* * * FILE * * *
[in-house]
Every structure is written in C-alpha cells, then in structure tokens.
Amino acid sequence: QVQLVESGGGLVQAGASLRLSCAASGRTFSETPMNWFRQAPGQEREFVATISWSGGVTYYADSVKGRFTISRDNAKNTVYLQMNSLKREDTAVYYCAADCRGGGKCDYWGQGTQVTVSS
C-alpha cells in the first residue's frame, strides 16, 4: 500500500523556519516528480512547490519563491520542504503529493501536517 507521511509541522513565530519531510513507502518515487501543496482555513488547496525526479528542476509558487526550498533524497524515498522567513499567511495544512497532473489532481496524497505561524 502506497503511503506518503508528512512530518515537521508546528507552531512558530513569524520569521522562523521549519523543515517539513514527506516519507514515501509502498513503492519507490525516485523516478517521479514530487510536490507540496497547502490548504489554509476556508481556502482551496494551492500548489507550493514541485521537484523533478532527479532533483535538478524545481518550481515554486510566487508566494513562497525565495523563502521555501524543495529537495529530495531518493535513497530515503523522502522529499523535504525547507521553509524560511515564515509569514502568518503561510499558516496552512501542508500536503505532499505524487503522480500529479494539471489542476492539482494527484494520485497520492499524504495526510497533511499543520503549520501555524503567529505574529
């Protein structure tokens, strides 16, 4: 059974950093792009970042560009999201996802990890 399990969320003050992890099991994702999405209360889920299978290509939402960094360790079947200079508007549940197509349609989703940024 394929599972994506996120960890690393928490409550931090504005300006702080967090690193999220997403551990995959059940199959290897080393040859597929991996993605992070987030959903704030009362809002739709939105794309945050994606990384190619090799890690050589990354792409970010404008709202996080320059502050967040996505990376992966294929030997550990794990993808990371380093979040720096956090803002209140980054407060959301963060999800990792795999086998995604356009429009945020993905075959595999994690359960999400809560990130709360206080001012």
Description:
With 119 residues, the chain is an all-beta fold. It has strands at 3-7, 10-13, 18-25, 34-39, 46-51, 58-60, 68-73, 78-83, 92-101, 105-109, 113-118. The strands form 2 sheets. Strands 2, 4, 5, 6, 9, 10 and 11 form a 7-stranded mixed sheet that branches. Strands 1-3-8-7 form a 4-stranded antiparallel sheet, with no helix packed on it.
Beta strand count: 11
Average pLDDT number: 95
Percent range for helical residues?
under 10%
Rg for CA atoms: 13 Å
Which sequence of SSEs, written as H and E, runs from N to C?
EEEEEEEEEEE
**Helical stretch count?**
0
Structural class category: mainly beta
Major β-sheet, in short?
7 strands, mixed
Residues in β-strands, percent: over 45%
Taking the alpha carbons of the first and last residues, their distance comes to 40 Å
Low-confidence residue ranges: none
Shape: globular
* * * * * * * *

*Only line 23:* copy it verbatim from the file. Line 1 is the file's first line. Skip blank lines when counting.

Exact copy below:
Shape: globular